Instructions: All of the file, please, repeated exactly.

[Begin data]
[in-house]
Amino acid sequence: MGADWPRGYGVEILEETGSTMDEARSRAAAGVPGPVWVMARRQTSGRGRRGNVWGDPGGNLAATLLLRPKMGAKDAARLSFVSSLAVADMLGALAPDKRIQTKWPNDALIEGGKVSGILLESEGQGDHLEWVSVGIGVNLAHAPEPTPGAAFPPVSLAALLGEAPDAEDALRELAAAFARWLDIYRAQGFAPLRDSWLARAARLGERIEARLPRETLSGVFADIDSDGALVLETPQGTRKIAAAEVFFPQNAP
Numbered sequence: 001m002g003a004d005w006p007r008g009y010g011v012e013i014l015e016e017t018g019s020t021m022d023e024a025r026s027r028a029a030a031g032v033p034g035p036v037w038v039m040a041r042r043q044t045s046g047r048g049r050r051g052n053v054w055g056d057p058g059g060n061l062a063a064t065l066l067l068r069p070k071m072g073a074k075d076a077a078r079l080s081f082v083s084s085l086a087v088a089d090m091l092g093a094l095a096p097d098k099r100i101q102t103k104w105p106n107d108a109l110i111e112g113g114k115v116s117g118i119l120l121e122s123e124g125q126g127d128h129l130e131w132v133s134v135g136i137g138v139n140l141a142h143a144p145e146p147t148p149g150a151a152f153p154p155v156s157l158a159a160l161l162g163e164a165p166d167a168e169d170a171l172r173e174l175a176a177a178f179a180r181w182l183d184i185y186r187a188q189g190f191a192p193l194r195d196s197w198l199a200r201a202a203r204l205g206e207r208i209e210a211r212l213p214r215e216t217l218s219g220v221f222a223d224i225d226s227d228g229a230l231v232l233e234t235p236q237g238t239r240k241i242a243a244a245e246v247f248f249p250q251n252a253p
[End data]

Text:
[in-house]
Amino acid sequence: MGADWPRGYGVEILEETGSTMDEARSRAAAGVPGPVWVMARRQTSGRGRRGNVWGDPGGNLAATLLLRPKMGAKDAARLSFVSSLAVADMLGALAPDKRIQTKWPNDALIEGGKVSGILLESEGQGDHLEWVSVGIGVNLAHAPEPTPGAAFPPVSLAALLGEAPDAEDALRELAAAFARWLDIYRAQGFAPLRDSWLARAARLGERIEARLPRETLSGVFADIDSDGALVLETPQGTRKIAAAEVFFPQNAP
Numbered sequence: 001m002g003a004d005w006p007r008g009y010g011v012e013i014l015e016e017t018g019s020t021m022d023e024a025r026s027r028a029a030a031g032v033p034g035p036v037w038v039m040a041r042r043q044t045s046g047r048g049r050r051g052n053v054w055g056d057p058g059g060n061l062a063a064t065l066l067l068r069p070k071m072g073a074k075d076a077a078r079l080s081f082v083s084s085l086a087v088a089d090m091l092g093a094l095a096p097d098k099r100i101q102t103k104w105p106n107d108a109l110i111e112g113g114k115v116s117g118i119l120l121e122s123e124g125q126g127d128h129l130e131w132v133s134v135g136i137g138v139n140l141a142h143a144p145e146p147t148p149g150a151a152f153p154p155v156s157l158a159a160l161l162g163e164a165p166d167a168e169d170a171l172r173e174l175a176a177a178f179a180r181w182l183d184i185y186r187a188q189g190f191a192p193l194r195d196s197w198l199a200r201a202a203r204l205g206e207r208i209e210a211r212l213p214r215e216t217l218s219g220v221f222a223d224i225d226s227d228g229a230l231v232l233e234t235p236q237g238t239r240k241i242a243a244a245e246v247f248f249p250q251n252a253p